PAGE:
Wake up in the morning, and don’t consume any calories until about 12 or 1 in the afternoon.  Coffee and tea are fine in the morning, as long as you don’t add any sugar.  A small splash of milk is ok, but avoiding it is ideal.  Coffee is particularly helpful in the morning because it suppresses hunger cravings.  If you start to get hungry, drink a few glasses of water, or even try sparkling water – it can be a big help in reducing hunger pangs.

When lunch time rolls around, break your fast with whatever food you want.  The ideal choice would be a salad or a meal filled with plenty of vegetables, healthy fats, and lean protein.

In the afternoon, if you want to have a snack, go for it!  A healthy option is a handful of mixed nuts, a serving of fruit or vegetables, or even another salad or small meal.

For dinner, eat whatever you’d usually eat.  Meat, pasta, potatoes, vegetables, soups, and stews.  Intermittent fasting is not about limiting your food choices, it’s all about limiting the window of time in the day where you’re consuming food.

ScheduleIf you want to have that dessert after dinner, go for it if you must.  Just make sure that you finish your last meal no more than 8 hours after you broke your fast.  You’ll probably find that you sleep better when you don’t eat right before going to bed.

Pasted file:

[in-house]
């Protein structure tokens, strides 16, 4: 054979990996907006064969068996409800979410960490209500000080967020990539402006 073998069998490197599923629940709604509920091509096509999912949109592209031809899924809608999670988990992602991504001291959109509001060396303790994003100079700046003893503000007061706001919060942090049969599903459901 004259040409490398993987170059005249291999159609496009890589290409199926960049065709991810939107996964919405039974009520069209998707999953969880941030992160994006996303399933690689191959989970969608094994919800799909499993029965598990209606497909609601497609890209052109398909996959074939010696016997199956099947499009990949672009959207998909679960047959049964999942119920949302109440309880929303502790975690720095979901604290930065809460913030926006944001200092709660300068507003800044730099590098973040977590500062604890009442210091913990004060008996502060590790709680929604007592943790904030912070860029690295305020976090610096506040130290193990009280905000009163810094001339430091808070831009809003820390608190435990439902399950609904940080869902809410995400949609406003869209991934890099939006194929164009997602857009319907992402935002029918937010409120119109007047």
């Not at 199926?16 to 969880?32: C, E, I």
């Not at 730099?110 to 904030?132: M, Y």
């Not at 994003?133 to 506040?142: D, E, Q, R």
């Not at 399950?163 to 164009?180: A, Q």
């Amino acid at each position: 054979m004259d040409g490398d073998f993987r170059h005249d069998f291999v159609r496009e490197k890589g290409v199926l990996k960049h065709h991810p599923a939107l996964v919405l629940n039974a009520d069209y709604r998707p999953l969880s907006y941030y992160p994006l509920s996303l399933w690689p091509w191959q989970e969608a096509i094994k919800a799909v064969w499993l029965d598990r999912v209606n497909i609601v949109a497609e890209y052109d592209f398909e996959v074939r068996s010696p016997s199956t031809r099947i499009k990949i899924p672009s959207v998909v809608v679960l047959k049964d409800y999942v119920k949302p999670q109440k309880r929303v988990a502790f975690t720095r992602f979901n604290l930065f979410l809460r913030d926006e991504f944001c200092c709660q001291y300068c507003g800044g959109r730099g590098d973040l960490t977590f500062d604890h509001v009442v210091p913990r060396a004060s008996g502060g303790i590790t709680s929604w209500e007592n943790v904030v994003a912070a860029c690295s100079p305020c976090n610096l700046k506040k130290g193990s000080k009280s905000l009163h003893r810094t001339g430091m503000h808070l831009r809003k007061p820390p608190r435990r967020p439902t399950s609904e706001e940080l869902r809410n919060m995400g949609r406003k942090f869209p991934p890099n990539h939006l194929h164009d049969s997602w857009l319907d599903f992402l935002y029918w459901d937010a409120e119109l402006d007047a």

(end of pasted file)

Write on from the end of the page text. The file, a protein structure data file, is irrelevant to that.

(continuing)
The next morning, do it all over again.

Getting Started

The first few days, it may be tough to adjust to this style of eating.  After years and years of eating breakfast first thing in the morning, your body becomes accustomed to it.  When you get started on intermittent fasting, it’s helpful to keep your schedule busy the first few days.  That way you’re not sitting around idly thinking about when you can eat food.

After a few days or a week of intermittent fasting, you’ll notice that you’re no longer hungry first thing in the morning.  Most practitioners actually experience more energy and focus in the morning when they’re in a fasted state.  Your sugar cravings will be gone, you won’t be worried about what to eat for breakfast, and you’ll have more time to accomplish the things you want to get done first thing in the morning.

The Takeaway

If you know you need to lose a few pounds, want to experience less cravings, and want to feel all around healthier, give an intermittent fasting style of eating a try.  Nothing will change if you keep sticking to the same routine over and over, so only you can be the one to make a change to improve your health.  If after a month, you realize this approach isn’t for you, that’s ok.  Just recognize that you have the power to make a change in your health.  Nobody is as invested in your health and longevity as you are, so take things into your own hands!

Fabulous Fall Recipes for Fitness

Here in the Pacific Northwest, we are blessed with a lovely, long fall harvest season with our temperate climate. Many veggies are readily available locally and organic and it is a great opportunity to stock up, try new recipes, and enjoy the bounty.

Here are some fantastic fall recipes that are friendly to your fitness regimen, as well!